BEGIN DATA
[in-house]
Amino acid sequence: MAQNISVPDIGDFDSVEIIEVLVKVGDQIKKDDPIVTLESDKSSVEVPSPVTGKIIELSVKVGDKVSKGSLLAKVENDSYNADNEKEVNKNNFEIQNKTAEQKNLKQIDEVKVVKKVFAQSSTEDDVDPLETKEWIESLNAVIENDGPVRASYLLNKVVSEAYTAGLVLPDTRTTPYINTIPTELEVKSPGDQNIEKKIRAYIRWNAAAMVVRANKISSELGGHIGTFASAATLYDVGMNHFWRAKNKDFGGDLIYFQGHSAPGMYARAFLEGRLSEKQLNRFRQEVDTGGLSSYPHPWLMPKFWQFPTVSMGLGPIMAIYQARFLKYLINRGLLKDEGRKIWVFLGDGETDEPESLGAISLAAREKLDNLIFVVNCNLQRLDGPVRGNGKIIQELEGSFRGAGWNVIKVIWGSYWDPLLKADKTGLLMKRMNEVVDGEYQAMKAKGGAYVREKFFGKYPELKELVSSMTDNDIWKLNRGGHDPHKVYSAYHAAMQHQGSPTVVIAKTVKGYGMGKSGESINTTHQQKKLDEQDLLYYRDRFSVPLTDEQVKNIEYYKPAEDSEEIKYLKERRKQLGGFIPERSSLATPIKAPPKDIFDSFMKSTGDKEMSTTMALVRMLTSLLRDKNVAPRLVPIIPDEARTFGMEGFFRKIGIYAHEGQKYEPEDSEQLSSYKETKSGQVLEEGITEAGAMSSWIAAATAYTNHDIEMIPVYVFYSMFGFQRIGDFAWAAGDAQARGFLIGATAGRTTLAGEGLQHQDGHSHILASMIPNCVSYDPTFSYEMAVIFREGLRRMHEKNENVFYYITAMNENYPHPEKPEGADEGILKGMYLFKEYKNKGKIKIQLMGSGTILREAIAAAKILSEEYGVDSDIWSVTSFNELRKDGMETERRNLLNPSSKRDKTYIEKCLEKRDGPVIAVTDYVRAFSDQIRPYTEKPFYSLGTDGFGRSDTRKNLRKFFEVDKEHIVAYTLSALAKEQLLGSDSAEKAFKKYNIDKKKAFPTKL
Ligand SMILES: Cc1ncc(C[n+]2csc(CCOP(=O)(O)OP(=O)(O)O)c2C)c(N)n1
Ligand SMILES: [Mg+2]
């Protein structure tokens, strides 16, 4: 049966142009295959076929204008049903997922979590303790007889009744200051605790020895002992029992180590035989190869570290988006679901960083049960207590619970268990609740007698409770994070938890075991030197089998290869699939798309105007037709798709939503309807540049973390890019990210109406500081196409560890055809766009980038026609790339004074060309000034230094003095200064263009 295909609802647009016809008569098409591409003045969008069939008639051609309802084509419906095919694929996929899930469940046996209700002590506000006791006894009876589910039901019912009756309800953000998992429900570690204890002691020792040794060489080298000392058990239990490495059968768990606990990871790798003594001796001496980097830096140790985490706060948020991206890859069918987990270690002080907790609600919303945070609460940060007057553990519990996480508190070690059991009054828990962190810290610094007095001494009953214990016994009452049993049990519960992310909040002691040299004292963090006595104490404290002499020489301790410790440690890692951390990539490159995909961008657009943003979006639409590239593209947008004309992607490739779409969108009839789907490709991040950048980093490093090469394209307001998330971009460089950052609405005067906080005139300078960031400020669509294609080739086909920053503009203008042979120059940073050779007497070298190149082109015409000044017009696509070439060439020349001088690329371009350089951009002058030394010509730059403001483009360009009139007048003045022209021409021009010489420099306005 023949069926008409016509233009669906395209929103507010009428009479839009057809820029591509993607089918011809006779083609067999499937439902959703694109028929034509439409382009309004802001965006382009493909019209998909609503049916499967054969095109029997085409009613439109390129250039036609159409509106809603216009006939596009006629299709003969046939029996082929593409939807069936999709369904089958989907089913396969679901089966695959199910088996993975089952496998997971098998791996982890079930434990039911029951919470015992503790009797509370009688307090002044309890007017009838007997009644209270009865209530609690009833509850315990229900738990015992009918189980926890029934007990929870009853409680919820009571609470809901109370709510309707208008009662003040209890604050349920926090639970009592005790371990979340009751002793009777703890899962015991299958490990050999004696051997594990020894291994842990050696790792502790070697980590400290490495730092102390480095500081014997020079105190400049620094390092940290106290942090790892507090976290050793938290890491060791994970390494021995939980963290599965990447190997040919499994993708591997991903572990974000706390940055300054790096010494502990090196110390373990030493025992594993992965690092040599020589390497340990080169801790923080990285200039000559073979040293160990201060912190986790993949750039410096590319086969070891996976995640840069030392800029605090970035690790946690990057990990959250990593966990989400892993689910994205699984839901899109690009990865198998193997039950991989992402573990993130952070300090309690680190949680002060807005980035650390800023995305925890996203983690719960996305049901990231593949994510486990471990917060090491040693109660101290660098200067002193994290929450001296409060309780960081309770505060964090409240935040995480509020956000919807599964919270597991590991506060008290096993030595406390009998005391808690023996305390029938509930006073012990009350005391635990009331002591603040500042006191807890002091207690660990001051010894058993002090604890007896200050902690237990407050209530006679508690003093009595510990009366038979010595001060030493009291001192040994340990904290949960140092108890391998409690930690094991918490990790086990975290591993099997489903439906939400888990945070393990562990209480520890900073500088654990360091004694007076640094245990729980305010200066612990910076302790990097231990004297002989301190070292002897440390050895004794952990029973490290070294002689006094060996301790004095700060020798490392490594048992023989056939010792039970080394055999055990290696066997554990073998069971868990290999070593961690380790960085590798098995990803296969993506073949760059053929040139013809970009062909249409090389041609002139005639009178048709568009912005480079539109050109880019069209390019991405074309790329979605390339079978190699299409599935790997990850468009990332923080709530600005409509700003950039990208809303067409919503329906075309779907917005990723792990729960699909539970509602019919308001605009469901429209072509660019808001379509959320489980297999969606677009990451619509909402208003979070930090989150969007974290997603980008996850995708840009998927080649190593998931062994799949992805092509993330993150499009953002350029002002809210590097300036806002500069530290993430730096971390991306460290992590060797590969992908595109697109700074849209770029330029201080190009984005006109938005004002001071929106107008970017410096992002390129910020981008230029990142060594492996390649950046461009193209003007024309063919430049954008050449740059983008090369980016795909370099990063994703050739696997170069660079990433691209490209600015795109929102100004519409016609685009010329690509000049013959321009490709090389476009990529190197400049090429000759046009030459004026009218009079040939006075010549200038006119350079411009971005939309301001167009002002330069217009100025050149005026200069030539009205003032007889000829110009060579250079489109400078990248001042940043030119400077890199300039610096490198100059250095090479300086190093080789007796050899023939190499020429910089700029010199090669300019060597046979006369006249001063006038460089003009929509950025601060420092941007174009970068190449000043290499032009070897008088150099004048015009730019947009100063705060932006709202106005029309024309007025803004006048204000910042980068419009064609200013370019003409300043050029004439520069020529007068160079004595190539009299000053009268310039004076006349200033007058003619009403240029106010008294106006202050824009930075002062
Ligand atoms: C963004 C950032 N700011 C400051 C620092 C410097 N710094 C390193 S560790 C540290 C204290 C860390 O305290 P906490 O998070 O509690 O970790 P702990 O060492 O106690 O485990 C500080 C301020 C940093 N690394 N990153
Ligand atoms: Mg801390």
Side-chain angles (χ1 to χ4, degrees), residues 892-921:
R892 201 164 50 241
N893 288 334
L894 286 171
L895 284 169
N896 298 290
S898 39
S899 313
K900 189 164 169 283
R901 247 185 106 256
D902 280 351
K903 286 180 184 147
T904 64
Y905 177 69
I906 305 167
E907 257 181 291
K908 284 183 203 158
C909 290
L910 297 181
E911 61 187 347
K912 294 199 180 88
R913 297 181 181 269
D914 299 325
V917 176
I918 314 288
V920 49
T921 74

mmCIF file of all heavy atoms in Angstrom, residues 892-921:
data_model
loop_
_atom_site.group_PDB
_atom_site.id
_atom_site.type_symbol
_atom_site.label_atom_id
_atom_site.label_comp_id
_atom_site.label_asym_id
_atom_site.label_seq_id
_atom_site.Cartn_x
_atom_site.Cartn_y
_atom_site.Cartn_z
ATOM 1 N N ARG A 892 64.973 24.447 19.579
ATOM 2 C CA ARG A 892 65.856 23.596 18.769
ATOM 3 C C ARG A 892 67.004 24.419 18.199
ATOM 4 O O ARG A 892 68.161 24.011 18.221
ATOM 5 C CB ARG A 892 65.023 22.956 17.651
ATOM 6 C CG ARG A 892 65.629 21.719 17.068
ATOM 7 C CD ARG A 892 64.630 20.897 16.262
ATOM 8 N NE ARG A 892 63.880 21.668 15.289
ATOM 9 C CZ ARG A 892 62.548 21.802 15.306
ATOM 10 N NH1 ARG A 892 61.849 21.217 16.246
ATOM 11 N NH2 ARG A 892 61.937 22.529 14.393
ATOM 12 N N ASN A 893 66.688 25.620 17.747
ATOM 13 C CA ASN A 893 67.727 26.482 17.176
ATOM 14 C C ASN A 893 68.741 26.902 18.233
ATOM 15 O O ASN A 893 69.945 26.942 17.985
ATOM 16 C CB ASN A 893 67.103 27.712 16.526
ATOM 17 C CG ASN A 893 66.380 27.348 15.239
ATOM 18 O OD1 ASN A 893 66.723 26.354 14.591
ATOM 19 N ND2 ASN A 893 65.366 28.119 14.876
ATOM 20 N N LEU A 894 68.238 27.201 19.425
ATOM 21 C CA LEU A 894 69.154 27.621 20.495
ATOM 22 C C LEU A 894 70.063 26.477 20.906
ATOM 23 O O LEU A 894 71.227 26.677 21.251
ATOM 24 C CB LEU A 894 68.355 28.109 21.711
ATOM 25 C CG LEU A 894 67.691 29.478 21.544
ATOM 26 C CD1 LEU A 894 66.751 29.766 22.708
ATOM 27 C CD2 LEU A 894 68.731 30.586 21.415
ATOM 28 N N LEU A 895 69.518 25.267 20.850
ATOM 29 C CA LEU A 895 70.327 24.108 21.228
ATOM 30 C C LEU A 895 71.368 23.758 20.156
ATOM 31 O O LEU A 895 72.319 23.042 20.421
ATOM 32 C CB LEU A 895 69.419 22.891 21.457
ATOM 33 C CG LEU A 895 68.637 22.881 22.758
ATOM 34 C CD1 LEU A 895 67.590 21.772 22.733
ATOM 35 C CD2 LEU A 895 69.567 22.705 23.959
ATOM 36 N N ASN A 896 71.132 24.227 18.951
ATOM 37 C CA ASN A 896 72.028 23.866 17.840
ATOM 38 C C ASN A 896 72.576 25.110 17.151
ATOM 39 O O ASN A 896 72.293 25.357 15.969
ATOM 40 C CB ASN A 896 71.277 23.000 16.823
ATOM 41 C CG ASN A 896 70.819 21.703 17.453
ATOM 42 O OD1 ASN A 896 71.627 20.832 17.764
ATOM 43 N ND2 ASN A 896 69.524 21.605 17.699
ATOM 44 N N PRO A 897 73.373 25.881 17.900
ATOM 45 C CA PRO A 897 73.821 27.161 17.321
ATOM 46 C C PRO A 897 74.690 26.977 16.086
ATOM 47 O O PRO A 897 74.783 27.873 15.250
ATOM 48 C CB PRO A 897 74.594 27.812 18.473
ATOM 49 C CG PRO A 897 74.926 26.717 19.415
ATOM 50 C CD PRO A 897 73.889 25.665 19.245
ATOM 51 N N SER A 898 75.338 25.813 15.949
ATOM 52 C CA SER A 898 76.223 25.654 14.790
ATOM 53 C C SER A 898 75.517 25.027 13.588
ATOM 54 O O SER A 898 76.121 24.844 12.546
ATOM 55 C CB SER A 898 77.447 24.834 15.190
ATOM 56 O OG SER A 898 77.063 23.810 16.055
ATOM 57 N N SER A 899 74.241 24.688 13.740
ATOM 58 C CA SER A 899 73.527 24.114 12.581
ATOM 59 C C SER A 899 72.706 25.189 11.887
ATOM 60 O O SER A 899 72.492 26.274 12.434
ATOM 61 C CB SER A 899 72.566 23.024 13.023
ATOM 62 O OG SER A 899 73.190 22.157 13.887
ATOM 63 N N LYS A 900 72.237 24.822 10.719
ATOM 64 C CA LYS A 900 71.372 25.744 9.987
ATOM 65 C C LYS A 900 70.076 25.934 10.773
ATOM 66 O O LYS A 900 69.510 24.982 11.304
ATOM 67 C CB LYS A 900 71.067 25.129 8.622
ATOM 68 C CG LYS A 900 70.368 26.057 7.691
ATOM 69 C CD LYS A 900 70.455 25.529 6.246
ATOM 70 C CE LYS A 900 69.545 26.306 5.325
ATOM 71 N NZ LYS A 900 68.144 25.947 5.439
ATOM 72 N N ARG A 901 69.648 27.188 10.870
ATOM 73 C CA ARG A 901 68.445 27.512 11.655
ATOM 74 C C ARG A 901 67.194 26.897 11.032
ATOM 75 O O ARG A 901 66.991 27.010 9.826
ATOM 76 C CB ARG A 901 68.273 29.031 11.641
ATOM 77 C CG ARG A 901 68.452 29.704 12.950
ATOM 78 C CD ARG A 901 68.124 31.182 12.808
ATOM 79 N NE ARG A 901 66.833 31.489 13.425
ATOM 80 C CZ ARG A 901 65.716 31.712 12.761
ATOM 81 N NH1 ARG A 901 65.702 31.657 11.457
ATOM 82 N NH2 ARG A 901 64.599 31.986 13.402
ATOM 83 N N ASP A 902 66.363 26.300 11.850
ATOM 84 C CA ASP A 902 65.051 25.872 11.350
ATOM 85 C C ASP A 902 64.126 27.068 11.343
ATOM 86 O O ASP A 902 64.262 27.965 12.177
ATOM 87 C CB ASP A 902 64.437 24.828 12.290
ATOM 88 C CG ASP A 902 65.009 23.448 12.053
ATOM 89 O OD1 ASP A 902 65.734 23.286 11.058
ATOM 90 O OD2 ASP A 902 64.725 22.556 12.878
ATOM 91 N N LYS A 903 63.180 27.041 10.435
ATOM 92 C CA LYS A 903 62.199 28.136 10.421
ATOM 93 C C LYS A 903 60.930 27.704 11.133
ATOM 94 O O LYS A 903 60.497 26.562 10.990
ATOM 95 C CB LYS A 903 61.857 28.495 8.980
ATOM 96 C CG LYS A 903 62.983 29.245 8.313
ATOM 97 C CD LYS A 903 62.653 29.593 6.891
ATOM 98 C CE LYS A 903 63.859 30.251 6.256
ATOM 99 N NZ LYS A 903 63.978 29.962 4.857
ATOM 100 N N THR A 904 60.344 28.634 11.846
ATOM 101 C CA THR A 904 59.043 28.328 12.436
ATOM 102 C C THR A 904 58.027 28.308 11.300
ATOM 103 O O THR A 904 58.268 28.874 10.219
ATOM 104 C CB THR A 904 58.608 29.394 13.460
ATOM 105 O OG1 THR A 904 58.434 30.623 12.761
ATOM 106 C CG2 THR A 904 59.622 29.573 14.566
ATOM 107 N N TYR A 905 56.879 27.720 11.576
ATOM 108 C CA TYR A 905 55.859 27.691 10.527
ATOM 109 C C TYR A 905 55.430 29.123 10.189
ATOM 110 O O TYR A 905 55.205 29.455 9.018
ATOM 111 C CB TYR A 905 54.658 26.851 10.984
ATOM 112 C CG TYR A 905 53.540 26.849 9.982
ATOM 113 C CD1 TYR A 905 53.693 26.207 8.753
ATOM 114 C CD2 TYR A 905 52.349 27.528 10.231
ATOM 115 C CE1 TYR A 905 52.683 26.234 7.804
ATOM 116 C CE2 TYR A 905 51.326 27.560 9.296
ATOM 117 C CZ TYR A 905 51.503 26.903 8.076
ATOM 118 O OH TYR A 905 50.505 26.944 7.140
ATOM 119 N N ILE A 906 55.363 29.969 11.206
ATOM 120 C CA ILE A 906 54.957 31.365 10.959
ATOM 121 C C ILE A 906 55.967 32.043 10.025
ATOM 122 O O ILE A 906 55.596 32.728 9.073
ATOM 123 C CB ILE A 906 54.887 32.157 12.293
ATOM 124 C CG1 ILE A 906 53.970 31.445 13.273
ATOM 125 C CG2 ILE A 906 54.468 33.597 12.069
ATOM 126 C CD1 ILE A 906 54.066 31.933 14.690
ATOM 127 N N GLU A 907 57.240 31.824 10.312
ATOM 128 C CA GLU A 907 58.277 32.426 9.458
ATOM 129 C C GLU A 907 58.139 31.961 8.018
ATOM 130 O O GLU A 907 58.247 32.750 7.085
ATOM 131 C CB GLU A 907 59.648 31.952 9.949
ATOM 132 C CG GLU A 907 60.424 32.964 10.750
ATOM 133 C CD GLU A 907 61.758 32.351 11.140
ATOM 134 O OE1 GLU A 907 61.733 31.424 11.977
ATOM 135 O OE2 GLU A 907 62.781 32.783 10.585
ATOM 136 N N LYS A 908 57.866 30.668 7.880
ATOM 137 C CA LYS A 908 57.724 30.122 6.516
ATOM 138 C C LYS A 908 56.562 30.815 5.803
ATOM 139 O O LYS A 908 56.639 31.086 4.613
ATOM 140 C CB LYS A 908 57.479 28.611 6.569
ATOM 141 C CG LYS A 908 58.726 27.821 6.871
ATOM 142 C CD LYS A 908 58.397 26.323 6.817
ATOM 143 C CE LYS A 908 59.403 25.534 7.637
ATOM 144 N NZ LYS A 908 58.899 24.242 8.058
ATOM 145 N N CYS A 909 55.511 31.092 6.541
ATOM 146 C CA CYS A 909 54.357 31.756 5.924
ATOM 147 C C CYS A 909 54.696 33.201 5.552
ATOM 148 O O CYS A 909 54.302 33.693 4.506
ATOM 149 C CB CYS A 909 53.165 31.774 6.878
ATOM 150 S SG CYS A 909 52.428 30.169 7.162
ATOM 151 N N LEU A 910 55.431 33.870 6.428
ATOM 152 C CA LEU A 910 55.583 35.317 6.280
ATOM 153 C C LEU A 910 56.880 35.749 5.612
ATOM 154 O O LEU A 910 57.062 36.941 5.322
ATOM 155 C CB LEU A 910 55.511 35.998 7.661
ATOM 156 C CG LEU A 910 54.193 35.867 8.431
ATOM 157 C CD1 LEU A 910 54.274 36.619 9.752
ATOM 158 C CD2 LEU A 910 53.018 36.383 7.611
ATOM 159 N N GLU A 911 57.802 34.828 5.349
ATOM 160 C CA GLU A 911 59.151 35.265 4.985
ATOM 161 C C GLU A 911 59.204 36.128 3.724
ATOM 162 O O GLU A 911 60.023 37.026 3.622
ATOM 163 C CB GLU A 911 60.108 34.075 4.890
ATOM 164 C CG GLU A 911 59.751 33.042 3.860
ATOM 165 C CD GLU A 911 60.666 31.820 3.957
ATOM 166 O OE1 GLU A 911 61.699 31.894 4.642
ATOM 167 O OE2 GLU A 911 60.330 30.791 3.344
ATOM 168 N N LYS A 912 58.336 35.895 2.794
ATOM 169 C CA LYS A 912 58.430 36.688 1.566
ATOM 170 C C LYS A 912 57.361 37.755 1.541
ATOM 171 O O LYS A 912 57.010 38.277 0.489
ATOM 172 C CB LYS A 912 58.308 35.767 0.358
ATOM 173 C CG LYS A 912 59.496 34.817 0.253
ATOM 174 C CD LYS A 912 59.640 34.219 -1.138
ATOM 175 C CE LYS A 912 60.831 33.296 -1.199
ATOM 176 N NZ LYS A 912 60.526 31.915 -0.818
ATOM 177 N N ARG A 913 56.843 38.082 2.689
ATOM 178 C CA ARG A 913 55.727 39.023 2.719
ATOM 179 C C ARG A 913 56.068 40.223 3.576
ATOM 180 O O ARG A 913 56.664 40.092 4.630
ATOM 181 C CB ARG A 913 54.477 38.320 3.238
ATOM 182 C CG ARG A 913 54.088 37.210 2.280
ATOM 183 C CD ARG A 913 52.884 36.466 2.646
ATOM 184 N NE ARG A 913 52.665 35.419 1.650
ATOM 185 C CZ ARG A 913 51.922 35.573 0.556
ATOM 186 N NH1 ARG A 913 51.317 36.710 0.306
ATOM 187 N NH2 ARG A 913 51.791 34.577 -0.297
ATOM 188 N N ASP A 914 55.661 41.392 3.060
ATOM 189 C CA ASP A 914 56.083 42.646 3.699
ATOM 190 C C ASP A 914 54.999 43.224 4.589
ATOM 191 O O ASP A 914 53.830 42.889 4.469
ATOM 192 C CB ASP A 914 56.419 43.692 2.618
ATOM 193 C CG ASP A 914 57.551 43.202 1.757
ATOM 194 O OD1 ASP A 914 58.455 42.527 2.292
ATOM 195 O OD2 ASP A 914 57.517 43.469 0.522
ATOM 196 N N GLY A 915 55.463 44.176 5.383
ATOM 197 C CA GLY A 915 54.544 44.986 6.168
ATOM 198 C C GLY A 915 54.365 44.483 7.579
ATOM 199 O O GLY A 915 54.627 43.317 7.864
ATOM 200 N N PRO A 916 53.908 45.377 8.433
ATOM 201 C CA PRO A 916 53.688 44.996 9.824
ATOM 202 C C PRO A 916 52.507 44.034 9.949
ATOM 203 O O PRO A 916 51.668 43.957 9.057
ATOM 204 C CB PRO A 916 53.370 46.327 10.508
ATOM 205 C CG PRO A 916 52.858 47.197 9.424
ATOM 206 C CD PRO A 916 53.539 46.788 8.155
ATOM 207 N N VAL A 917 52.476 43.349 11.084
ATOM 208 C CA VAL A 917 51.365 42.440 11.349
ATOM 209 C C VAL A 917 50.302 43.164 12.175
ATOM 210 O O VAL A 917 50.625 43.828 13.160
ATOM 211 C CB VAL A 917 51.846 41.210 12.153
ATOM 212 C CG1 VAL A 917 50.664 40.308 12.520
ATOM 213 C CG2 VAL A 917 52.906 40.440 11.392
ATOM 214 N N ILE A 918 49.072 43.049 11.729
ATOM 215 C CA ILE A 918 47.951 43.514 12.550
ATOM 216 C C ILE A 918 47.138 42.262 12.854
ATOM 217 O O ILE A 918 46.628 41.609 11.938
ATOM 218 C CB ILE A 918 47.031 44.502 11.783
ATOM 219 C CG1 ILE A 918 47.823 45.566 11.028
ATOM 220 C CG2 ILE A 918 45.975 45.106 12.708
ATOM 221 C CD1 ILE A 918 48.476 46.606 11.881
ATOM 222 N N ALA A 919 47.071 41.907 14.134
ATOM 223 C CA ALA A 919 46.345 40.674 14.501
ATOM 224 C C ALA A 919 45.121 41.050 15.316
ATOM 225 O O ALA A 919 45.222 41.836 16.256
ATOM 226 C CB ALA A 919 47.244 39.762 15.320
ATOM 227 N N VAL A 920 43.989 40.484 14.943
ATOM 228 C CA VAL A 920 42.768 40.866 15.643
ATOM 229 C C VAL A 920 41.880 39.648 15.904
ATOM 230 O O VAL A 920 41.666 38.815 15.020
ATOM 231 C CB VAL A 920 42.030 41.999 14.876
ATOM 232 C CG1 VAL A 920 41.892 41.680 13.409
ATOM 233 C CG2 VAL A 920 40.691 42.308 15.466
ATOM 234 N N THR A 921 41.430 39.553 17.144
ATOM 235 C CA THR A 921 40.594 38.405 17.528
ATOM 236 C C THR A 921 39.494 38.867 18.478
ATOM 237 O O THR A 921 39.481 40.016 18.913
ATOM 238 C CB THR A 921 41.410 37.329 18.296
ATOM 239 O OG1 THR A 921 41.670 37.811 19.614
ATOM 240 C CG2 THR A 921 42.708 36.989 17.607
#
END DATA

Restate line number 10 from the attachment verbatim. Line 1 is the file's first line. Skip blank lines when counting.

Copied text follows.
N893 288 334